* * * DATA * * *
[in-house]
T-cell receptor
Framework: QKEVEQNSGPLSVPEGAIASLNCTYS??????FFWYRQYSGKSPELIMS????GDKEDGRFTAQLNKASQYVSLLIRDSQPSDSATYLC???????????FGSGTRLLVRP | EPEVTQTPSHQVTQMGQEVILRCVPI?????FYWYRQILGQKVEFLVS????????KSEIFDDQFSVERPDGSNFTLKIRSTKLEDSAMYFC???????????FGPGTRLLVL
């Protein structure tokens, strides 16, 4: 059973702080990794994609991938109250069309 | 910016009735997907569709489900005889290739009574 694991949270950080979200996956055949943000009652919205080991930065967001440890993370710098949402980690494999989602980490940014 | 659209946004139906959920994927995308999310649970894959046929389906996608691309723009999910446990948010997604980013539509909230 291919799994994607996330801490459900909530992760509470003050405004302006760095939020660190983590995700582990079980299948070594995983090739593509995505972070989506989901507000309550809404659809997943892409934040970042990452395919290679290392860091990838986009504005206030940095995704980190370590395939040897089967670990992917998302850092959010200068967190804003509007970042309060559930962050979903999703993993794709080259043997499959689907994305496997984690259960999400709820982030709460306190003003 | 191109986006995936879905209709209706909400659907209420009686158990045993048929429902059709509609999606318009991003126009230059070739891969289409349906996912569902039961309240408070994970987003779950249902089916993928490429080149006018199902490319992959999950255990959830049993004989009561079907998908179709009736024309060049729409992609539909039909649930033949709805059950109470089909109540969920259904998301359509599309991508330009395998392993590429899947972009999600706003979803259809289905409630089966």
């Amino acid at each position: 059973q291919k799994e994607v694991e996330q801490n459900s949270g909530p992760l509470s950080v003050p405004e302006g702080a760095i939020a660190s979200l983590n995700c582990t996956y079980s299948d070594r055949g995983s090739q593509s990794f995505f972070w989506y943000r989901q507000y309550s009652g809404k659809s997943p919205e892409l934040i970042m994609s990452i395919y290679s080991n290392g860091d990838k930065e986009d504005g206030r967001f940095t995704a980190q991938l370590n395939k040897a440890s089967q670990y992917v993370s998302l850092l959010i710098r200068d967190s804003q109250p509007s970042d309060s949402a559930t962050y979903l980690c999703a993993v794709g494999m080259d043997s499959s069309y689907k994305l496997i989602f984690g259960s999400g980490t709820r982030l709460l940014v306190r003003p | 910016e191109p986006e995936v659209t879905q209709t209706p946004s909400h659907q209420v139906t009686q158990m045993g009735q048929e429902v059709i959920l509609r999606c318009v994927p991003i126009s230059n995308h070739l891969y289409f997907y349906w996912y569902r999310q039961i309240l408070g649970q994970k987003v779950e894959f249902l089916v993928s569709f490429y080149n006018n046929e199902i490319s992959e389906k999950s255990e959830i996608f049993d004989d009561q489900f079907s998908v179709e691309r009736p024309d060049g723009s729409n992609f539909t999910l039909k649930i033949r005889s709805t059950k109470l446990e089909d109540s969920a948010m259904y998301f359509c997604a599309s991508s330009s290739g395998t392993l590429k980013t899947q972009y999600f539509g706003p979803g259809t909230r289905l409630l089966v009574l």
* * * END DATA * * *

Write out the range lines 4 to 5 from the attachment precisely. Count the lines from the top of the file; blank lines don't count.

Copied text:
């Protein structure tokens, strides 16, 4: 059973702080990794994609991938109250069309 | 910016009735997907569709489900005889290739009574 694991949270950080979200996956055949943000009652919205080991930065967001440890993370710098949402980690494999989602980490940014 | 659209946004139906959920994927995308999310649970894959046929389906996608691309723009999910446990948010997604980013539509909230 291919799994994607996330801490459900909530992760509470003050405004302006760095939020660190983590995700582990079980299948070594995983090739593509995505972070989506989901507000309550809404659809997943892409934040970042990452395919290679290392860091990838986009504005206030940095995704980190370590395939040897089967670990992917998302850092959010200068967190804003509007970042309060559930962050979903999703993993794709080259043997499959689907994305496997984690259960999400709820982030709460306190003003 | 191109986006995936879905209709209706909400659907209420009686158990045993048929429902059709509609999606318009991003126009230059070739891969289409349906996912569902039961309240408070994970987003779950249902089916993928490429080149006018199902490319992959999950255990959830049993004989009561079907998908179709009736024309060049729409992609539909039909649930033949709805059950109470089909109540969920259904998301359509599309991508330009395998392993590429899947972009999600706003979803259809289905409630089966």
């Amino acid at each position: 059973q291919k799994e994607v694991e996330q801490n459900s949270g909530p992760l509470s950080v003050p405004e302006g702080a760095i939020a660190s979200l983590n995700c582990t996956y079980s299948d070594r055949g995983s090739q593509s990794f995505f972070w989506y943000r989901q507000y309550s009652g809404k659809s997943p919205e892409l934040i970042m994609s990452i395919y290679s080991n290392g860091d990838k930065e986009d504005g206030r967001f940095t995704a980190q991938l370590n395939k040897a440890s089967q670990y992917v993370s998302l850092l959010i710098r200068d967190s804003q109250p509007s970042d309060s949402a559930t962050y979903l980690c999703a993993v794709g494999m080259d043997s499959s069309y689907k994305l496997i989602f984690g259960s999400g980490t709820r982030l709460l940014v306190r003003p | 910016e191109p986006e995936v659209t879905q209709t209706p946004s909400h659907q209420v139906t009686q158990m045993g009735q048929e429902v059709i959920l509609r999606c318009v994927p991003i126009s230059n995308h070739l891969y289409f997907y349906w996912y569902r999310q039961i309240l408070g649970q994970k987003v779950e894959f249902l089916v993928s569709f490429y080149n006018n046929e199902i490319s992959e389906k999950s255990e959830i996608f049993d004989d009561q489900f079907s998908v179709e691309r009736p024309d060049g723009s729409n992609f539909t999910l039909k649930i033949r005889s709805t059950k109470l446990e089909d109540s969920a948010m259904y998301f359509c997604a599309s991508s330009s290739g395998t392993l590429k980013t899947q972009y999600f539509g706003p979803g259809t909230r289905l409630l089966v009574l």